All of this is my roundabout way of saying that I'm thinking Tenkara is the answer.
I just want to fish. No fooling with tons of gear, line, flies, gadgets…
I think I'd be willing to fish again if I had a setup so simple and light that if I were inspired I could break it out at any small stream or lake in the Sierra and fish for a few minutes and move on. And Tenkara looks good for kids. I just took my son to some local casting pools and he enjoyed it quite a bit. But he was free of the nightmares of snagged backcasts, overhead branches and bushes, wind knots, and obstacles everywhere. I think Tenkara would be a sure bet for him in the Sierra.
I'm bummed I missed out on the Daiwa Soyokaze, I think that would've been my rod.
I'm looking for something that will be primarily for small fish. 12" would be epic where I'll fish for trout (local and in High Sierra lakes).
I don't need brand names.
Even with the ability to cast, all the trout I typically catch, at home and in the Sierra, are caught at 20' or less. So I'm not sure I need an 11' to 12' rod.
This line on the TenkaraBum site stood out:
"For a backpacking rod intended for larger trout, I would suggest the Shimano Kozuka. For a go-anywhere rod intended for micros, or at least relatively small fish, I would suggest the Kiyotaki."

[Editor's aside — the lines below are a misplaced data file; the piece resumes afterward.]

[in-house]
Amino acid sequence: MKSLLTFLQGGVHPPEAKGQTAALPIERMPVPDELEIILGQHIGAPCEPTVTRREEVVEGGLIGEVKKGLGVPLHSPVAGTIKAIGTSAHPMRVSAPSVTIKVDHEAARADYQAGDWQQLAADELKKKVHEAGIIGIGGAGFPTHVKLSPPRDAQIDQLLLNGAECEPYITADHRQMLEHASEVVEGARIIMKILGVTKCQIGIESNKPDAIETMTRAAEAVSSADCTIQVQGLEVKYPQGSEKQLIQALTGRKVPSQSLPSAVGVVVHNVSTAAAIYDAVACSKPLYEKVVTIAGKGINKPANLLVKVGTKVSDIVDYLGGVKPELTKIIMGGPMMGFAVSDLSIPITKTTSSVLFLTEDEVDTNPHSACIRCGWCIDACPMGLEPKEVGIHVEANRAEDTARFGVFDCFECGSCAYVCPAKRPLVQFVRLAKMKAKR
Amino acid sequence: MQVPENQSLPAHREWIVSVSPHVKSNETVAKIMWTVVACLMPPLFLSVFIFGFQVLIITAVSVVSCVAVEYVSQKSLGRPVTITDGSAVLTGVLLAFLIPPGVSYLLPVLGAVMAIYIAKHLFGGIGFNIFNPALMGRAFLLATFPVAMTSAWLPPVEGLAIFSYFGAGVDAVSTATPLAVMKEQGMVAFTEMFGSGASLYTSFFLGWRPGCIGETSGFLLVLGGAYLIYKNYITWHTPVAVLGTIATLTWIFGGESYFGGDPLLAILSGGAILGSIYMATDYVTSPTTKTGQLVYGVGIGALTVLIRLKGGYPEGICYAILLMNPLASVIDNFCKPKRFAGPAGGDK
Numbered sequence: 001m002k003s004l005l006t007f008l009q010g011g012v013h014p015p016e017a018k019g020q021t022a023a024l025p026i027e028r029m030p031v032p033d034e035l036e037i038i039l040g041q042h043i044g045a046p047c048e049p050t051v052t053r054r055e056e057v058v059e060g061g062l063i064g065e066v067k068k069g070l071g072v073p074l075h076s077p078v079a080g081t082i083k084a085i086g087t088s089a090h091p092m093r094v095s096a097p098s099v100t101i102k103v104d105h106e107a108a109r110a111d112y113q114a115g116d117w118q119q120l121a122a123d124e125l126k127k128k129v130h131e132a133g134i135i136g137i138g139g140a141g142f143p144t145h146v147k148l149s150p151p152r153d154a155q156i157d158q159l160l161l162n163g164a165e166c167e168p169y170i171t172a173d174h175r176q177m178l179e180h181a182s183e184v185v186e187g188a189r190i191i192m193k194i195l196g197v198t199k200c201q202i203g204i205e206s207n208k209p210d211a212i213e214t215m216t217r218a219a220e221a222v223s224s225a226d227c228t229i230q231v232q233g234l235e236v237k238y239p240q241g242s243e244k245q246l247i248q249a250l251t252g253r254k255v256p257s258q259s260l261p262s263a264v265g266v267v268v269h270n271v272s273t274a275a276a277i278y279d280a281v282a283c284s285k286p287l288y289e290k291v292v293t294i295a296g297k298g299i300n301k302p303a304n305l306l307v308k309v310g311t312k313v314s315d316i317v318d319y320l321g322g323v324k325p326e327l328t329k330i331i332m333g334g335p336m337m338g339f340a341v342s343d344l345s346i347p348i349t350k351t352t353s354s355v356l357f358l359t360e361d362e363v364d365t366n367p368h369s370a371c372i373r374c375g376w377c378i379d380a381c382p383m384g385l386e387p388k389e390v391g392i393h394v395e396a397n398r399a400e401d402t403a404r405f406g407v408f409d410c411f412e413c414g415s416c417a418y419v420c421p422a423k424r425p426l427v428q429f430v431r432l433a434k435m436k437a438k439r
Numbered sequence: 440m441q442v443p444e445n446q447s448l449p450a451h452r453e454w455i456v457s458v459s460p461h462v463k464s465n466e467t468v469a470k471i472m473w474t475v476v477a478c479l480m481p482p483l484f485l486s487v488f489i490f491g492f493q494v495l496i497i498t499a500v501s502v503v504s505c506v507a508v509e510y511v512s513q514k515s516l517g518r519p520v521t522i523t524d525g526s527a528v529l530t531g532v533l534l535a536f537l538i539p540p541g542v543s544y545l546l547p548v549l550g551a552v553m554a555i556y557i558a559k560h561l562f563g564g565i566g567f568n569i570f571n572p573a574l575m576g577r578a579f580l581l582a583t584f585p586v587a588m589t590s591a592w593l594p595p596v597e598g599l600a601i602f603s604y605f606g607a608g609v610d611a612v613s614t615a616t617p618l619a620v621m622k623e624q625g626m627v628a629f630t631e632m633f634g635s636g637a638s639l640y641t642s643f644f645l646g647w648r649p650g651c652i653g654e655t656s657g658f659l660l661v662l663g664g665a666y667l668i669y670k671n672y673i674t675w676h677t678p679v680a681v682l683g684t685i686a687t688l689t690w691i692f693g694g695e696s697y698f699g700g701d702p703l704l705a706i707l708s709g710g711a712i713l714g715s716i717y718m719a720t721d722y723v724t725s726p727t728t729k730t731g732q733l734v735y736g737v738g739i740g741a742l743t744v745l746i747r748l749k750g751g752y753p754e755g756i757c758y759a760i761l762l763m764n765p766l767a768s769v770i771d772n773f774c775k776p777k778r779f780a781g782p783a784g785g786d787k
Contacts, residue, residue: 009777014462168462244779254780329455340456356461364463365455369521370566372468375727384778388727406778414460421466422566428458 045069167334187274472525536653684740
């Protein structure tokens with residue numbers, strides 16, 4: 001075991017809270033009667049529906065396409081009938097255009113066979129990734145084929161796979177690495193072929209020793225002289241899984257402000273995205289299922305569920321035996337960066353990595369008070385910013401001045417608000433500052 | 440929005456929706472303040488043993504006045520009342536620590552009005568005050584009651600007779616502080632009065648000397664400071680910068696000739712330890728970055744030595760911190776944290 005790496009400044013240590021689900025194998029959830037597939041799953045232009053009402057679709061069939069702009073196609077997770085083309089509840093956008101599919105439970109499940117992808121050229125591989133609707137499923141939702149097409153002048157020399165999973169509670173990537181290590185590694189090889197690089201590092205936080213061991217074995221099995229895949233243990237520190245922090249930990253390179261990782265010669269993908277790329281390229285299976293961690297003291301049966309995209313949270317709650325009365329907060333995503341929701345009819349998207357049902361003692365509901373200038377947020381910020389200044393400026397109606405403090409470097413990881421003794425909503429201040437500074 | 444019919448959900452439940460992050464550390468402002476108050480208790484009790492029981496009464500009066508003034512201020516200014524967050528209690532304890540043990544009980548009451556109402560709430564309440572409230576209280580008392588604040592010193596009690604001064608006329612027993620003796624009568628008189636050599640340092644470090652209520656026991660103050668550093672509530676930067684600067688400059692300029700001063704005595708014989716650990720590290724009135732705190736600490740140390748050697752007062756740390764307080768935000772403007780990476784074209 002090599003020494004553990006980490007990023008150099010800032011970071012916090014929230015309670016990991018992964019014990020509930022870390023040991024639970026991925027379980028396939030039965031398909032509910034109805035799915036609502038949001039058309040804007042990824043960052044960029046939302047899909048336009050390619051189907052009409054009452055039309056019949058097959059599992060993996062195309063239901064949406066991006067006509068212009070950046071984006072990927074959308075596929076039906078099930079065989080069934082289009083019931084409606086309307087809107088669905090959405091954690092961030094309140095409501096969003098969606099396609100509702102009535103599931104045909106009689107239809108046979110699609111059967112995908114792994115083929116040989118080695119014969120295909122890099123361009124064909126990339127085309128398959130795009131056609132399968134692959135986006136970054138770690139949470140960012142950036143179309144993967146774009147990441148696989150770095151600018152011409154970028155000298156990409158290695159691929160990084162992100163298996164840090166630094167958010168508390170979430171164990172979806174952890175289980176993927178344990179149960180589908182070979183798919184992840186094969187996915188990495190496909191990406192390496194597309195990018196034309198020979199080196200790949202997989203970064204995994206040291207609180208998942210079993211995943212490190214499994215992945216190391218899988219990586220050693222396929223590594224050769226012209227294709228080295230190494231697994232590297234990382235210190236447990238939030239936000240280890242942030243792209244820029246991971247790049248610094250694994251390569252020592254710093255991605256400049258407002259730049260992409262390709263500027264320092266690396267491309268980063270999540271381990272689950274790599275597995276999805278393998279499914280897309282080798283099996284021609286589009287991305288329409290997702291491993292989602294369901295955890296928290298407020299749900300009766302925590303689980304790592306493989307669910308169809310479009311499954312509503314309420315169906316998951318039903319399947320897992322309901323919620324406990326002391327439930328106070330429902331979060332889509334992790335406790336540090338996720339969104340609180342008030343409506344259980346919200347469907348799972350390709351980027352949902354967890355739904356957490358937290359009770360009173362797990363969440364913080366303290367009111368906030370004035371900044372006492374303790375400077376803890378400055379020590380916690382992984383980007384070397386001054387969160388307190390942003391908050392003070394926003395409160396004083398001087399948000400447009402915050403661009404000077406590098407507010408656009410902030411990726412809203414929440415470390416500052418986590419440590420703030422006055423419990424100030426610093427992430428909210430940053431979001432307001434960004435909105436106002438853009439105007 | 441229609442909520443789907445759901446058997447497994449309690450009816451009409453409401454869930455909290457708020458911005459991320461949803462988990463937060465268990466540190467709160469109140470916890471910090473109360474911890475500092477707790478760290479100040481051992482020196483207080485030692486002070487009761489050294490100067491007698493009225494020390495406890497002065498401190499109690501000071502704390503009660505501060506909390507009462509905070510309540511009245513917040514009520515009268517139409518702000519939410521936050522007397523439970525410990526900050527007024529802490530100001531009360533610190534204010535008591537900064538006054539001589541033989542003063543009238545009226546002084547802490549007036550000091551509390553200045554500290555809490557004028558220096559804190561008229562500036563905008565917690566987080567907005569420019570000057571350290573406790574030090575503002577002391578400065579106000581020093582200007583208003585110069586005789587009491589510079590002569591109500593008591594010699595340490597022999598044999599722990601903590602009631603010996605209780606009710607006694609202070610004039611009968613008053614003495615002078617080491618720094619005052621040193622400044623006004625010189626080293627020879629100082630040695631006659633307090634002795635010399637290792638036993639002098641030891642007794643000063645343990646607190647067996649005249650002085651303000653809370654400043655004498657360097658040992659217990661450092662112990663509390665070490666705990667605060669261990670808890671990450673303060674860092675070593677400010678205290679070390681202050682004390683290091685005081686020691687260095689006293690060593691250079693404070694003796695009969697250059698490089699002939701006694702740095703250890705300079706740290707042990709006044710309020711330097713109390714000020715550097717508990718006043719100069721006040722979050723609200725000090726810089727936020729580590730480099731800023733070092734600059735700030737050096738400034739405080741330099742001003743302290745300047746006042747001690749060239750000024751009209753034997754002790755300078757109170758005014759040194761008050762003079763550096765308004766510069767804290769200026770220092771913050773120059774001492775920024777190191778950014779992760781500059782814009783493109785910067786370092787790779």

I'm considering the 8'10" Kiyotake27 kids package at Tenkarabum for ~$100.
It seems like a good way to get into UL Tenkara for fairly cheap. This sounds like it could fit the bill for tiny High Sierra brookies and goldens.
Or the Daiwa Kiyose 27? It seems to be the slightly smaller brother of the old BPL Tenkara Hane.
So….?May 7, 2013 at 9:28 pm #1984299
@lotuseaterLocale: Colorado Foothills
I've never fished before. As a kid it looked boring sitting around a pond in a city park in Birmingham (not AL, the other one) waiting for something to bite. But I attended a presentation delivered by Daniel Galhardo recently and I liked the simplicity of tenkara equipment. Seems like the initial learning curve is easy enough for my young son and his internet-imposed ADHD dad to pick up quickly, yet offer plenty of room for growth to keep us challenged. I picked up a 12' TUSA Iwana a few weeks ago, and I'd like to take it out to the local creek soon before the snowmelt puts a temporary hiatus on activities. A potentially great father and son bonding activity. Yet exactly what you mentioned about the ethics of catch and release gives me pause.May 8, 2013 at 5:33 am #1984330